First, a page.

Minnie said...

Thanks for mentioning the Nestle list. I didn't know half of these products were theirs..doh! The list is huge. Blimey.

The Little Hitler led truancy sweeps are my pet hate. Total harassment.

alison said...

I hate Tesco. I don't think they'll be content until every single bloody shop is a Tesco and they have put everyone else out of business. We have about 7 or 8 (one Extra, several Expresses, another Extra about to open on Monday) in our 100,000 population town. Far more than anyone else. There's a secondhand car dealer at the end of our road who was made "an offer he couldn't refuse" by Tesco and sold them his land. He's renting back from them atm until they put in a planning application to build another shop there.

I'd rather shop at Asda than Tesco.

Allie said...

Asda is part of the Walmart empire - a union busting company. That's my objection to them. But Tesco is certainly crap too. We have a wonderful local service here that brings you food from local independent shops. We used it when P was little but found we spent so much money we had to stop. It wasn't really the food prices as much as 'other stuff' like toilet rolls and so on. But there has to be a middle road we can afford hat sits better with our consciences!

'EF' x said...

It's the same where we are, we have the big supermarkets to choose from or the littler groups doing the co-op organic type stuff.

I think it boils down to personality. We really wanted to shop with the groovey eco type group that market the healthy food, but the people we met who were fronting it really put us off. So now we just try to buy as little as possible from anywhere and weave our own toilet roll from dried nettles lol. Well, it's a dream of ours anyway.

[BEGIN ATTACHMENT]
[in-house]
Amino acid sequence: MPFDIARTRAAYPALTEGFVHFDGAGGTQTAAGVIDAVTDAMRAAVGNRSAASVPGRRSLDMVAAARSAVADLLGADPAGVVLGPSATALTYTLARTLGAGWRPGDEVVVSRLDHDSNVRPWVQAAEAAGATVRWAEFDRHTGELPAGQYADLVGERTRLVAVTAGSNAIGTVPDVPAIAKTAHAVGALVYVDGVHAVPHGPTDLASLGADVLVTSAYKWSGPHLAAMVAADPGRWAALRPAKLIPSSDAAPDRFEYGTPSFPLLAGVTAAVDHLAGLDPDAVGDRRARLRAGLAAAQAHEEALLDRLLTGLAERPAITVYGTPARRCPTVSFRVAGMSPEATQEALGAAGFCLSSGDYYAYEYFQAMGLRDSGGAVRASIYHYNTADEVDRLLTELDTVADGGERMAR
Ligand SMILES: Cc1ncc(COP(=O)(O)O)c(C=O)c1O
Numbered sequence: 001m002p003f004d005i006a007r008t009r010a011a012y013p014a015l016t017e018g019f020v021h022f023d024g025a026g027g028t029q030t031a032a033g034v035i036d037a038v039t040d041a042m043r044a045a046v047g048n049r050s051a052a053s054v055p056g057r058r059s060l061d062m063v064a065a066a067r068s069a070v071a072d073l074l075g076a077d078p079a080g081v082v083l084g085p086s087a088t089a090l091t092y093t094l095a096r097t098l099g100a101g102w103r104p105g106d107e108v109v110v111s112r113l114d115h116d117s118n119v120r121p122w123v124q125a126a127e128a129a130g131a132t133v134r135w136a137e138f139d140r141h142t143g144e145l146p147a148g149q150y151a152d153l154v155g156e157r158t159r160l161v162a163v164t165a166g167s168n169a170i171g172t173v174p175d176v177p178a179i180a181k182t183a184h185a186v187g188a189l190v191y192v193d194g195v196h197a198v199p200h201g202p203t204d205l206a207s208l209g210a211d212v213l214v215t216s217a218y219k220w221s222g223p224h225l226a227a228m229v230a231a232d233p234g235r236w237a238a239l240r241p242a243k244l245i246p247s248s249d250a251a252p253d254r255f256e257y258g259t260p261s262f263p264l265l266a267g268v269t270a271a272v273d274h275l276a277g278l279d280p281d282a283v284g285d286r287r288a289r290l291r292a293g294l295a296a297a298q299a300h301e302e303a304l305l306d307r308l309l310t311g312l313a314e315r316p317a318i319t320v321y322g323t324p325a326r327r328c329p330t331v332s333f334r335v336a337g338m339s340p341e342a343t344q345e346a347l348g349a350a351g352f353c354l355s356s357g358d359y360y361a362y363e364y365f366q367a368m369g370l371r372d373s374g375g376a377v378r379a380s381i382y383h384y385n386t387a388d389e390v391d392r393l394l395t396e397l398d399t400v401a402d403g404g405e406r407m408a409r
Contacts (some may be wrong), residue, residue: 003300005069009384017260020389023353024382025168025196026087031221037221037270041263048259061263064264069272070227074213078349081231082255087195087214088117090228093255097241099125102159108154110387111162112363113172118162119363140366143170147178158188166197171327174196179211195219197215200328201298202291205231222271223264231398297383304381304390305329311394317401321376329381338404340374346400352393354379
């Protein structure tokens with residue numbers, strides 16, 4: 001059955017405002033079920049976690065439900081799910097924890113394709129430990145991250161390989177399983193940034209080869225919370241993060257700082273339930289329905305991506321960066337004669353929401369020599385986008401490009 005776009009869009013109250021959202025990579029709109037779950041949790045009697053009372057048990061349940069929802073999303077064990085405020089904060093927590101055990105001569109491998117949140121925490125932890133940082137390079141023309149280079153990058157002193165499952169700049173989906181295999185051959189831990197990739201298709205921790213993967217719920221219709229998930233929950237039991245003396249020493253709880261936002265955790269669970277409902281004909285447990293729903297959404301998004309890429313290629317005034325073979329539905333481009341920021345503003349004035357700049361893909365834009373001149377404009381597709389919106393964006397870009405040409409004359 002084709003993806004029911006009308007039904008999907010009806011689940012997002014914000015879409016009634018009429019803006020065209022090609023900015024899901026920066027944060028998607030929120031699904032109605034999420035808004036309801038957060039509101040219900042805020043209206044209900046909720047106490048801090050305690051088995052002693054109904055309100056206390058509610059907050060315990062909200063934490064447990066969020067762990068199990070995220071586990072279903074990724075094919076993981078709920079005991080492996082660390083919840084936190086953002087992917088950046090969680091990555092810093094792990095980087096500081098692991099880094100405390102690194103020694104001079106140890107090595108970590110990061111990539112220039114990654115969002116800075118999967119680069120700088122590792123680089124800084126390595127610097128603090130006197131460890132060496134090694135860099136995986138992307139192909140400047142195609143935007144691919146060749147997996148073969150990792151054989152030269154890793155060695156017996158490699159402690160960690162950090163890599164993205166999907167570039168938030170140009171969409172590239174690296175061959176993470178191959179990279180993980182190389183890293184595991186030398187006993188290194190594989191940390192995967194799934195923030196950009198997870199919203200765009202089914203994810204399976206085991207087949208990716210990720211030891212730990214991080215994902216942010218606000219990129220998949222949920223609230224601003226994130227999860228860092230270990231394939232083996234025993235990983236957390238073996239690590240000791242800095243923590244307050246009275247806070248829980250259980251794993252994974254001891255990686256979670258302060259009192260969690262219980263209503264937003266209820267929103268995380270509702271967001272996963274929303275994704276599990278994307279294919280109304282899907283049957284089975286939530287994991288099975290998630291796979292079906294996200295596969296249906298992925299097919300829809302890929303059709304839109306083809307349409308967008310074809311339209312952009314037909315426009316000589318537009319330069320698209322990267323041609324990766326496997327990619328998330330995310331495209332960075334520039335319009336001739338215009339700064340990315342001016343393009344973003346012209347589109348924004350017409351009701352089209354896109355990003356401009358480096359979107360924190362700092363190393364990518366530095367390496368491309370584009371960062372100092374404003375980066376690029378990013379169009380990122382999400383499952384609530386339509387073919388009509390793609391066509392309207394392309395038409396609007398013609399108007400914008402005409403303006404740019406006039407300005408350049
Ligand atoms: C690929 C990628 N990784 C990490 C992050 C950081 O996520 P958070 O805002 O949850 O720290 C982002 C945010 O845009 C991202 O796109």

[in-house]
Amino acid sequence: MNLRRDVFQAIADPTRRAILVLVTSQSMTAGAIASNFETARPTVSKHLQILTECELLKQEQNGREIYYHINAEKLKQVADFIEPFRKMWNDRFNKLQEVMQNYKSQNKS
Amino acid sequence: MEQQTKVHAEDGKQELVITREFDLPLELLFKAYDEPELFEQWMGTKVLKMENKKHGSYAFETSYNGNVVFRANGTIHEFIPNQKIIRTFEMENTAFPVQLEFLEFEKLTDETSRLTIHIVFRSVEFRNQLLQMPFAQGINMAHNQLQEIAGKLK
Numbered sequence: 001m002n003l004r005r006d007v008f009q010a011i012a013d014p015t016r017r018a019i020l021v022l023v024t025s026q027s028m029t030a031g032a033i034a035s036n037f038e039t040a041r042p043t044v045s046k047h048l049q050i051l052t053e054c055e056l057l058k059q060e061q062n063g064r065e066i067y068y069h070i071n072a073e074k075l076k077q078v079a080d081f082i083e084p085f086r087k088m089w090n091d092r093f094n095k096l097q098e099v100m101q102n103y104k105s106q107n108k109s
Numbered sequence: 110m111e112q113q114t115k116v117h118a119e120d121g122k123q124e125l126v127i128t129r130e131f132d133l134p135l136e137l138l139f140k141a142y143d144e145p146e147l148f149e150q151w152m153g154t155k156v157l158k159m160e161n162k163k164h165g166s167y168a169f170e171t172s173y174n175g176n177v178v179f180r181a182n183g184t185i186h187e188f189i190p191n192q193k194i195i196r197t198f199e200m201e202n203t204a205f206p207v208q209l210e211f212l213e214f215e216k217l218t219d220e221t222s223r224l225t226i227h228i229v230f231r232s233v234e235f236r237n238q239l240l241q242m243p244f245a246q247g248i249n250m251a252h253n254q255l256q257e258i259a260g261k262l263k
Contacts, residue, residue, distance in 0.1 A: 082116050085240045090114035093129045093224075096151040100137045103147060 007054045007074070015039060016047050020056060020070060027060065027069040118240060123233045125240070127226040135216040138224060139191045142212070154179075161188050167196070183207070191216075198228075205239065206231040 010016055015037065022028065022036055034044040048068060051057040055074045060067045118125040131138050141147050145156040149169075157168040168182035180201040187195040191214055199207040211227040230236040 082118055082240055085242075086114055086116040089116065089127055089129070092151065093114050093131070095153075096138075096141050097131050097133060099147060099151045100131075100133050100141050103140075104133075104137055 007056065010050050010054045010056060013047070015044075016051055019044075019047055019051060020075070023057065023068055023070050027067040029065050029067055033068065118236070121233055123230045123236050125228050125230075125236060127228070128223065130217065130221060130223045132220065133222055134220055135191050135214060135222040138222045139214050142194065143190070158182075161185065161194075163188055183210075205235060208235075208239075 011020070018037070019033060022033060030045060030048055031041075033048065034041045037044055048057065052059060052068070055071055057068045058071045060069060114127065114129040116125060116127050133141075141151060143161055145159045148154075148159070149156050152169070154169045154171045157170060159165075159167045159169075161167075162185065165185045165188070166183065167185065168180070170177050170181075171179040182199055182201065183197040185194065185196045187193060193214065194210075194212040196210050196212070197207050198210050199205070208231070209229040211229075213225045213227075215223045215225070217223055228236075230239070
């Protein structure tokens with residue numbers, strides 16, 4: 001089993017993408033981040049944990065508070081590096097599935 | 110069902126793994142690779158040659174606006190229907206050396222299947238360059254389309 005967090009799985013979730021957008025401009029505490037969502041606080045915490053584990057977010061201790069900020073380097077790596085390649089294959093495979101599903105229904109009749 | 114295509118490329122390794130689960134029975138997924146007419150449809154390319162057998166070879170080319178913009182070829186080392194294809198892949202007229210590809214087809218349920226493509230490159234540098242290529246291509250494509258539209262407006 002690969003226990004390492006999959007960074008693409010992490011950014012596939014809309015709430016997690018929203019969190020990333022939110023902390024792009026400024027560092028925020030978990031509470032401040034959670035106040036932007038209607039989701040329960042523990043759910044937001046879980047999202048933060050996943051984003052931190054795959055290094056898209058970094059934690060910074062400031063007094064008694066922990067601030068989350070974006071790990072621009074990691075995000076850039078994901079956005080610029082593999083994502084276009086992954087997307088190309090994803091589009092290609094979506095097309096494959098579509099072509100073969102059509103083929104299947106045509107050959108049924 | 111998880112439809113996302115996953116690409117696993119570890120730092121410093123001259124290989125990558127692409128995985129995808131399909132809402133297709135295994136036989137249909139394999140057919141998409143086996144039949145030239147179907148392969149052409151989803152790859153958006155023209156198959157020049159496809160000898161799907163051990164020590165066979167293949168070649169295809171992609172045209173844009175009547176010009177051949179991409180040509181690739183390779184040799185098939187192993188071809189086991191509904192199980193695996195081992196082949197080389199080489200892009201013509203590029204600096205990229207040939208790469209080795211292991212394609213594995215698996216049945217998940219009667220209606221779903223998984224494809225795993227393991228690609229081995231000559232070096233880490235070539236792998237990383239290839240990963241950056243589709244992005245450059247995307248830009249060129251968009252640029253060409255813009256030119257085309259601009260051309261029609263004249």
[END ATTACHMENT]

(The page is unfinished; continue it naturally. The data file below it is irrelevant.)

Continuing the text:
Em said...

my middle road is get staples from friend that runs food co-op (she orders from Infinity who are based in your town I think.) so tinned goods, flour, loo rolls, washing up liquid, pasta, that kind of thing. Then I get most of the other stuff from local co-op. Then once in a while I do an online tesco shop to top up other things we go without in the meantime. This is a bit more expensive, but not as expensive as using waitrose, or just the co-op (although we'd struggle with that as it isn't huge) and means we rarely run out of loo roll, since we buy it 36 at a time.

alison said...

Oh yeah, I know the reasons to avoid Asda! But I hate Tesco's cancerous growth much more.

Sainsbury's seem ok still, and have some local stuff (Buttercup was very excited to find brie in there that she'd got from the Farmers market). And I use Lidl a lot too. Atm, I am trying to shop without the car (so you're a step ahead of me there, lol!), so that's Sainsbury's in the town centre for bulk-buying milk and bread, the market in town, Lidl, and the Farmers Market. Should walk a bit further down the road and use the Coop more I guess.

I've looked at Infinity before, must have another look ...